In particular, as noted above, rethinking architecture of the overall value chain will create tighter synchronization across all supplier bases and with differentiated customer segments.

For supply chains, once the initial crisis containment actions were put in place, it became a time of reflection. What will this mean in the short and medium term?

In my opinion, the focus will be a mix of the following:

  • Continued cost reduction and a more critical look at capital investment
  • Focus on Integrated Business Planning (IBP) – demand insight (response-time from insight to action)
  • Product simplification
  • Streamlined ways of working – virtual teams and remote work can work, and in manufacturing environments spacing may continue to be mandatory for some time, so companies will figure out how to forge efficiencies, for example through increased automation
  • Lead time ‘stretch’, i.e. offerings with a longer supply lead time, but with greater reliability (this is a bit counter-intuitive)
  • Increased digitization to improve total cycle of service to offset the above – so quicker ‘administrative and processing’ response
  • Collaborative insight and increased risk sharing along supply chain partners (especially in deflation/low inflation environments)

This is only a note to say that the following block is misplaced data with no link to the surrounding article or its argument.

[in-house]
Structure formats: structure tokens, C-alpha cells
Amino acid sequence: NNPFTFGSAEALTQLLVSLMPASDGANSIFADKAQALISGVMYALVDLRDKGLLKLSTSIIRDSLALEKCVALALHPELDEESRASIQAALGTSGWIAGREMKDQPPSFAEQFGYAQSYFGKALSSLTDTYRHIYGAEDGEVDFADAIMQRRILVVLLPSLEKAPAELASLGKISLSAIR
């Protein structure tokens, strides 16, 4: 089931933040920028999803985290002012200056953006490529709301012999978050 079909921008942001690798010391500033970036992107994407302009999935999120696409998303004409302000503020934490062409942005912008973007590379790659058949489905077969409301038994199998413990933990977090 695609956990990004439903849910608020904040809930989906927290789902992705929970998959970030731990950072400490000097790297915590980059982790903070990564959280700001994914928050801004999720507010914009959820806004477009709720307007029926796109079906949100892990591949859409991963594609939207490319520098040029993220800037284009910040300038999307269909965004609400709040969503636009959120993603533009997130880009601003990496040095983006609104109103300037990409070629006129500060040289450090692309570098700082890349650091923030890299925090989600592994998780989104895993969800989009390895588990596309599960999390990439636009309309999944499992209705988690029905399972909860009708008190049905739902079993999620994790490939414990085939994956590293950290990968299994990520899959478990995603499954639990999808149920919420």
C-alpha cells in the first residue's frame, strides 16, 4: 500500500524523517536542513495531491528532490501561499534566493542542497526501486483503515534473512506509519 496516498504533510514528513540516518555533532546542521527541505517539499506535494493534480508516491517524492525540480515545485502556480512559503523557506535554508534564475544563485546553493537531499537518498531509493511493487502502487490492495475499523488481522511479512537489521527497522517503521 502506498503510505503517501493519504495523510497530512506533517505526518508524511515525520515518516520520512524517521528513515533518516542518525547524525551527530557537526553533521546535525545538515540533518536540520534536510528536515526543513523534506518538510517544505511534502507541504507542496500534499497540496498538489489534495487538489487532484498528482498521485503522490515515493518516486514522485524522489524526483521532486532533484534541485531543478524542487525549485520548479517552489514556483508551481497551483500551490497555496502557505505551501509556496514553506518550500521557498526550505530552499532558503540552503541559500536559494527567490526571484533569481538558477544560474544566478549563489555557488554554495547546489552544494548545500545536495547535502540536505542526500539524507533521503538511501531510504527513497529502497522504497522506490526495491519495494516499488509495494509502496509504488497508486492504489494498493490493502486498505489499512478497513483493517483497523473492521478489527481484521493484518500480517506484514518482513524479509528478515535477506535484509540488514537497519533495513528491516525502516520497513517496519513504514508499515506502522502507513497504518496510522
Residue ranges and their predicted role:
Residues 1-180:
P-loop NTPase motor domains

• Agility though delayed customization and reduced product portfolio

Following on from the previous question, what will this mean in the longer term?

There will be a key focus on supply chain continuity. Where companies have perhaps become too focused on cost reduction and working capital reduction (Total Cost to Serve), there will be a more conservative approach in the dependence on single suppliers, lengthy supply chains, and a too biased view on volume growth. This will result in stronger supply chain connectivity and more standardization to maintain the cost to consumer.

There will also be a focus on:

  • Increased digitization to minimize waste (process input and processing time) to improve service and decision-making along the supply chain
  • Re-assessing route-to-market channels. In many industries e-commerce has been a savior. There will be some rebalance to pre-COVID-19 norms, but digital commerce will retain impetus